20 Jul, 2021 @ 15:00
2 mins read

Electricity prices hit two decade high in Spain – pushing average price to €101 MWh

National Grid Electricity
File photo dated 21/04/20 of electricity pylons carrying power away from Dungeness nuclear power station in Kent. National Grid has announced a deal to buy the UK's largest electricity distribution business for ??7.8 billion and plans to sell off its stake in National Grid Gas as it looks to focus on electricity. Issue date: Thursday March 18, 2021.

ELECTRICITY prices have jumped to their highest level in nearly two decades, with the average megawatt per hour costing over €100 today. 

It means today’s cost of using electricity in Spain is now the second most expensive daily average price in the country’s history. 

The most expensive day in history for electricity in Spain was in January 2002 when a megawatt cost €103.76 per hour.  

A megawatt hour is currently averaging at €101 today — its highest rate since July 2 when it stood at €99.8 an hour. 

Reasons for the soaring prices include an increase in demand – as this time last year Spain was in lockdown with many businesses closed – escalating gas prices and an increase in cost for CO2 emissions.

In addition, experts have highlighted a series of problems with the French nuclear power system, which has led to a surge in activity and impacted the global European market.

Electricity is usually cheaper during these months due to the production of renewable energy sources and the general weather conditions, which do not require vast outgoings on heating or air conditioning.

Not so this year, however, as daily market prices have skyrocketed from €17.65 per megawatt per hour in 2020 to €101 today.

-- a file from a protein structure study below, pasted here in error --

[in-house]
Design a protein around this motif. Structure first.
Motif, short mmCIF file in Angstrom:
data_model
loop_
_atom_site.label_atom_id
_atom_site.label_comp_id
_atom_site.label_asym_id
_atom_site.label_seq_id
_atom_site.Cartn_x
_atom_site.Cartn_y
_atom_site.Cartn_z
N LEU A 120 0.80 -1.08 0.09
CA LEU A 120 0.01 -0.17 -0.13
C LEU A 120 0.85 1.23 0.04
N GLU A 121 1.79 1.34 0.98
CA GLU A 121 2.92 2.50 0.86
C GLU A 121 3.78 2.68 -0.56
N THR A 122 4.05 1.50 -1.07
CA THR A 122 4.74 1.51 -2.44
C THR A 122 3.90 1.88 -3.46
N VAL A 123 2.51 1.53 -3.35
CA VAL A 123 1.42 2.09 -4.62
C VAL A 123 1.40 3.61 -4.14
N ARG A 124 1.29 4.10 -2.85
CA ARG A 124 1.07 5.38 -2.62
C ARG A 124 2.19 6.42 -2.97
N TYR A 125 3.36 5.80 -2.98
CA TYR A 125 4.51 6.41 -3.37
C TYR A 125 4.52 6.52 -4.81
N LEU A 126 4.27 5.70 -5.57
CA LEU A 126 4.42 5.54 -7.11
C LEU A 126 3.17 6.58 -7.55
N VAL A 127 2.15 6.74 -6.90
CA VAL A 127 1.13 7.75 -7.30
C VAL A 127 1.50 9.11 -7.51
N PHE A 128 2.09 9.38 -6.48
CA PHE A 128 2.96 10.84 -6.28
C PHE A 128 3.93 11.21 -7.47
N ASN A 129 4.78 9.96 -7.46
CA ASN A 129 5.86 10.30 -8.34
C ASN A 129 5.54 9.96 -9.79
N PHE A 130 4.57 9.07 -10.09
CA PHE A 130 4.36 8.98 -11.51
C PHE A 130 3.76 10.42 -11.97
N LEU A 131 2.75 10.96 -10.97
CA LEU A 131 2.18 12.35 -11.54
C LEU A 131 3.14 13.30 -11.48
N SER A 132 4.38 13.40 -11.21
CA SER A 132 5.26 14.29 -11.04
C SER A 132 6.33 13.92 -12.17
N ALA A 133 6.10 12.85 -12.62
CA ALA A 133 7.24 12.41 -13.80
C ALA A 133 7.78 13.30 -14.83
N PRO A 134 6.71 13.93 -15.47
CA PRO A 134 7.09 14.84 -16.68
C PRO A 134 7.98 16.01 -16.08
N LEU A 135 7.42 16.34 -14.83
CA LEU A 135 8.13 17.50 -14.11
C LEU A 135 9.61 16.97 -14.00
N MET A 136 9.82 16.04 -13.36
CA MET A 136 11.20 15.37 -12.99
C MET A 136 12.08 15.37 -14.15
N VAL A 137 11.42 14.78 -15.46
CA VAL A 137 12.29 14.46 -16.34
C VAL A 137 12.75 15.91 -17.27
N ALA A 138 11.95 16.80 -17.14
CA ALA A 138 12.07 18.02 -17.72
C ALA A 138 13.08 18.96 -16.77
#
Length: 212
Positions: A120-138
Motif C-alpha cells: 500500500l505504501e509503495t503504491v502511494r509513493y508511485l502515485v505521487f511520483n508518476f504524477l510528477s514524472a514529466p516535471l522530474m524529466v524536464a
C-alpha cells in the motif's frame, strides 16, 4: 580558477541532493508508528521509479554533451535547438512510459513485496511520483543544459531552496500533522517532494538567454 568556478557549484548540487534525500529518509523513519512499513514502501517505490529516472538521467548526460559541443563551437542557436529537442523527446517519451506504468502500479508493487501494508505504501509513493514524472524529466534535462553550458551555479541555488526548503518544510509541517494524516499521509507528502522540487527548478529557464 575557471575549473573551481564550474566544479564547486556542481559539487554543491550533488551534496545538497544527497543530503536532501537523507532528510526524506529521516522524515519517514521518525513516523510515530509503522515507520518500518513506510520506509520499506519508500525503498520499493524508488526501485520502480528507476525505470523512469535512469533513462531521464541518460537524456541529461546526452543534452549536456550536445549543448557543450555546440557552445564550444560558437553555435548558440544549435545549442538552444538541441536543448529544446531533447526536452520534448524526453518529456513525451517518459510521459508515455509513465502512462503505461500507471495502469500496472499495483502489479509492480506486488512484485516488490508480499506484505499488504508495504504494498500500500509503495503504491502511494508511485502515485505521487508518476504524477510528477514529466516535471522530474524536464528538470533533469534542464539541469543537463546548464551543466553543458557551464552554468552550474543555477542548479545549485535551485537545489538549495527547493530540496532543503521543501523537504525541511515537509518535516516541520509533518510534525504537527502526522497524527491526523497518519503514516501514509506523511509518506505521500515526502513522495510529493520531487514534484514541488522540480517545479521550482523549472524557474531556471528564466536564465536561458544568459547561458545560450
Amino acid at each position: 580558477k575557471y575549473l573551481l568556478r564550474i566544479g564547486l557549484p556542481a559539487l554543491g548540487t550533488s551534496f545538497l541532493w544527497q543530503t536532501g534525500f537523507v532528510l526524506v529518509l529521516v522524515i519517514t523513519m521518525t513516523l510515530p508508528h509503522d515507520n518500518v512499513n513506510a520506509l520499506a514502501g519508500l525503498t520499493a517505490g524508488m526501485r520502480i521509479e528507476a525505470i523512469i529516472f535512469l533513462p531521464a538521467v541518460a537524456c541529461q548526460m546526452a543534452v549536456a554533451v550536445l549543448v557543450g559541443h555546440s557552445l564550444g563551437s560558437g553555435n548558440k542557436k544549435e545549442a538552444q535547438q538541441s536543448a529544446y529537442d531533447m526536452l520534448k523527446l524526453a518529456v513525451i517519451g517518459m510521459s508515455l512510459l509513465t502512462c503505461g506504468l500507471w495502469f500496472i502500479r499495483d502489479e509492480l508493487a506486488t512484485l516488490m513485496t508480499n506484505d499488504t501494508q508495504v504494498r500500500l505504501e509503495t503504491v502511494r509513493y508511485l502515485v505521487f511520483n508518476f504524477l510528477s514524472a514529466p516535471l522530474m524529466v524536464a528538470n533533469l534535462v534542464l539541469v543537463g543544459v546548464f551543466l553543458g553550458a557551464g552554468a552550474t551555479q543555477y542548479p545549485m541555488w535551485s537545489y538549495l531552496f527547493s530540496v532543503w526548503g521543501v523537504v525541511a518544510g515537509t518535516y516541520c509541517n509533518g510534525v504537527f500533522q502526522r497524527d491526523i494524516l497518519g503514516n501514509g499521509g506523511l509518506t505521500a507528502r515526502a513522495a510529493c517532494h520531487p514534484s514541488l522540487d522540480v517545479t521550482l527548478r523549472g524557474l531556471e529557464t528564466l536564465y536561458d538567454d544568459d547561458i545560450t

As reported previously by The Olive Press, electricity is now much more expensive from 10am to 2pm, and then again from 6pm to 10pm, Monday to Friday. Average rates are now applied from 8am to 10am, 2pm to 6pm, and 10pm to midnight, Monday to Friday.

Both providers and the Spanish government insist that the aim of the new ‘peak’, ‘low’ and ‘average’ rates at different times of the day is to alleviate pressure on the grid by encouraging consumers to use more power at off-peak times, thus also reducing reliance on back-up generators that burn natural gas to produce electricity and, as such, generate large amounts of CO2.

However, angry customers are complaining that the time periods set out by the boards are unrealistic and impossible to follow.

Electricity 2

In other words, the busiest times are now the most expensive, coinciding with when most people are at home cooking meals, using the washing machine and dishwasher and, once the summer kicks in, turning on the air conditioning.

Consumers are therefore advised to restrict their use of these devices to the weekend or outside peak times, where possible, to avoid nasty surprises at the end of the month.

Electricity 3

Experts reveal that the government first had the idea of introducing the new bill two years ago, and it is simply ‘bad timing’ that it has coincided with an increase in the cost of electricity due to a surge in demand as a result of the post-coronavirus economic recovery, and a four-fold rise in global gas prices.

For more information visit www.facua.org and www.tarifaluzhora.es

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